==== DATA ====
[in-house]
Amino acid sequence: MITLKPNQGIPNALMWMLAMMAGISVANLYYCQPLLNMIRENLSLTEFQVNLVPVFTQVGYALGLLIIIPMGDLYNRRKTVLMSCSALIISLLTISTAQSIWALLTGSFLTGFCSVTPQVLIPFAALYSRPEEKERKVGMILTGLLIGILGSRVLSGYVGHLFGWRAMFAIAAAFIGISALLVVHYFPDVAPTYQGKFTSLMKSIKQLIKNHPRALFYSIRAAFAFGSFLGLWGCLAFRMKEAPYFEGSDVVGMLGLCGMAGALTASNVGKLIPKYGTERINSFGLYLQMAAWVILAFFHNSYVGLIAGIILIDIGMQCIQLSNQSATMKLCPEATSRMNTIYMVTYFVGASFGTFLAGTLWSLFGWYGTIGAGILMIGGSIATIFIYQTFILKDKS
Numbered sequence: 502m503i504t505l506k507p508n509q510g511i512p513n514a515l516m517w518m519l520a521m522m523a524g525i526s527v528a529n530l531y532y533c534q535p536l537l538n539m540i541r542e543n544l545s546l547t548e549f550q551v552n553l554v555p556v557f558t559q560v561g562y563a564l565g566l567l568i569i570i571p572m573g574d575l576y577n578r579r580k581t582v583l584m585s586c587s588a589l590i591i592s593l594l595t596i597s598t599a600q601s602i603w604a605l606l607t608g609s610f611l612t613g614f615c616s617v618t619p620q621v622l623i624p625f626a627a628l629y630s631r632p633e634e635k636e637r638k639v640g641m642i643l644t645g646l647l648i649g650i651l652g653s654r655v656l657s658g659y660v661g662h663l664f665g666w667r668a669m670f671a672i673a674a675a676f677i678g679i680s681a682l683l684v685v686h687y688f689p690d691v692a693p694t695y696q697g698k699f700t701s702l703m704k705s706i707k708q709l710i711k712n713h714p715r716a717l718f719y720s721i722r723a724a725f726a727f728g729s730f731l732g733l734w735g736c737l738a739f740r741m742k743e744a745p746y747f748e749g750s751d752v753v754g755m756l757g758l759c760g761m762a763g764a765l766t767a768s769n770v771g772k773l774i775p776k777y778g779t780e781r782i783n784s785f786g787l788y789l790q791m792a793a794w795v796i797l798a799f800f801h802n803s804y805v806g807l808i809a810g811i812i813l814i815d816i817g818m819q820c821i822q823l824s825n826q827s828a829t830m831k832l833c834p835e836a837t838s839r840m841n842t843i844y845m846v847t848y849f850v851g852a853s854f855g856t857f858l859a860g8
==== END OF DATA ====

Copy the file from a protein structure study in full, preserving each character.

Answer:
[in-house]
Amino acid sequence: MITLKPNQGIPNALMWMLAMMAGISVANLYYCQPLLNMIRENLSLTEFQVNLVPVFTQVGYALGLLIIIPMGDLYNRRKTVLMSCSALIISLLTISTAQSIWALLTGSFLTGFCSVTPQVLIPFAALYSRPEEKERKVGMILTGLLIGILGSRVLSGYVGHLFGWRAMFAIAAAFIGISALLVVHYFPDVAPTYQGKFTSLMKSIKQLIKNHPRALFYSIRAAFAFGSFLGLWGCLAFRMKEAPYFEGSDVVGMLGLCGMAGALTASNVGKLIPKYGTERINSFGLYLQMAAWVILAFFHNSYVGLIAGIILIDIGMQCIQLSNQSATMKLCPEATSRMNTIYMVTYFVGASFGTFLAGTLWSLFGWYGTIGAGILMIGGSIATIFIYQTFILKDKS
Numbered sequence: 502m503i504t505l506k507p508n509q510g511i512p513n514a515l516m517w518m519l520a521m522m523a524g525i526s527v528a529n530l531y532y533c534q535p536l537l538n539m540i541r542e543n544l545s546l547t548e549f550q551v552n553l554v555p556v557f558t559q560v561g562y563a564l565g566l567l568i569i570i571p572m573g574d575l576y577n578r579r580k581t582v583l584m585s586c587s588a589l590i591i592s593l594l595t596i597s598t599a600q601s602i603w604a605l606l607t608g609s610f611l612t613g614f615c616s617v618t619p620q621v622l623i624p625f626a627a628l629y630s631r632p633e634e635k636e637r638k639v640g641m642i643l644t645g646l647l648i649g650i651l652g653s654r655v656l657s658g659y660v661g662h663l664f665g666w667r668a669m670f671a672i673a674a675a676f677i678g679i680s681a682l683l684v685v686h687y688f689p690d691v692a693p694t695y696q697g698k699f700t701s702l703m704k705s706i707k708q709l710i711k712n713h714p715r716a717l718f719y720s721i722r723a724a725f726a727f728g729s730f731l732g733l734w735g736c737l738a739f740r741m742k743e744a745p746y747f748e749g750s751d752v753v754g755m756l757g758l759c760g761m762a763g764a765l766t767a768s769n770v771g772k773l774i775p776k777y778g779t780e781r782i783n784s785f786g787l788y789l790q791m792a793a794w795v796i797l798a799f800f801h802n803s804y805v806g807l808i809a810g811i812i813l814i815d816i817g818m819q820c821i822q823l824s825n826q827s828a829t830m831k832l833c834p835e836a837t838s839r840m841n842t843i844y845m846v847t848y849f850v851g852a853s854f855g856t857f858l859a860g8